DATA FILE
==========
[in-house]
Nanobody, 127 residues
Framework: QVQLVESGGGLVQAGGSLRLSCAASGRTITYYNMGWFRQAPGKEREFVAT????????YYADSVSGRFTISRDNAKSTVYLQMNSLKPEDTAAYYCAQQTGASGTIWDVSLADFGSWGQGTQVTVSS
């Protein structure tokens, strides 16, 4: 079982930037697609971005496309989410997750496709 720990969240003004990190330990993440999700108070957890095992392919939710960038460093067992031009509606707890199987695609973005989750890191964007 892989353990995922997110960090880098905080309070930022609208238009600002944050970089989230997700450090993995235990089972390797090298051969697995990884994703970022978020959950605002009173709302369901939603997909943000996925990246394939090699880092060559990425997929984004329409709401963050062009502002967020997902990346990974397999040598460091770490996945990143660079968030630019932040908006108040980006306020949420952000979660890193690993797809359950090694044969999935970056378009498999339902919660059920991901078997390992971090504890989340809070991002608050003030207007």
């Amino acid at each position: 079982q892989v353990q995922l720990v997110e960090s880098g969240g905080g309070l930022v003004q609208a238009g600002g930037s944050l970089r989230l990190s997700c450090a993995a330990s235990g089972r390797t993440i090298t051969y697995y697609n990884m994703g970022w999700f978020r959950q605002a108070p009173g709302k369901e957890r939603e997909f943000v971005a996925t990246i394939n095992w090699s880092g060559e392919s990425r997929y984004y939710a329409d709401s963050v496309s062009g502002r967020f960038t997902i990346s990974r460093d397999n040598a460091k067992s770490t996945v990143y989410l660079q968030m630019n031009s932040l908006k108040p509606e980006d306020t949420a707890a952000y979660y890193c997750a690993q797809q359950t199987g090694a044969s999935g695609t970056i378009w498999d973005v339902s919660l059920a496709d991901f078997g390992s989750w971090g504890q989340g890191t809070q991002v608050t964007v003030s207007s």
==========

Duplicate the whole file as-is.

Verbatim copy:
[in-house]
Nanobody, 127 residues
Framework: QVQLVESGGGLVQAGGSLRLSCAASGRTITYYNMGWFRQAPGKEREFVAT????????YYADSVSGRFTISRDNAKSTVYLQMNSLKPEDTAAYYCAQQTGASGTIWDVSLADFGSWGQGTQVTVSS
């Protein structure tokens, strides 16, 4: 079982930037697609971005496309989410997750496709 720990969240003004990190330990993440999700108070957890095992392919939710960038460093067992031009509606707890199987695609973005989750890191964007 892989353990995922997110960090880098905080309070930022609208238009600002944050970089989230997700450090993995235990089972390797090298051969697995990884994703970022978020959950605002009173709302369901939603997909943000996925990246394939090699880092060559990425997929984004329409709401963050062009502002967020997902990346990974397999040598460091770490996945990143660079968030630019932040908006108040980006306020949420952000979660890193690993797809359950090694044969999935970056378009498999339902919660059920991901078997390992971090504890989340809070991002608050003030207007």
């Amino acid at each position: 079982q892989v353990q995922l720990v997110e960090s880098g969240g905080g309070l930022v003004q609208a238009g600002g930037s944050l970089r989230l990190s997700c450090a993995a330990s235990g089972r390797t993440i090298t051969y697995y697609n990884m994703g970022w999700f978020r959950q605002a108070p009173g709302k369901e957890r939603e997909f943000v971005a996925t990246i394939n095992w090699s880092g060559e392919s990425r997929y984004y939710a329409d709401s963050v496309s062009g502002r967020f960038t997902i990346s990974r460093d397999n040598a460091k067992s770490t996945v990143y989410l660079q968030m630019n031009s932040l908006k108040p509606e980006d306020t949420a707890a952000y979660y890193c997750a690993q797809q359950t199987g090694a044969s999935g695609t970056i378009w498999d973005v339902s919660l059920a496709d991901f078997g390992s989750w971090g504890q989340g890191t809070q991002v608050t964007v003030s207007s």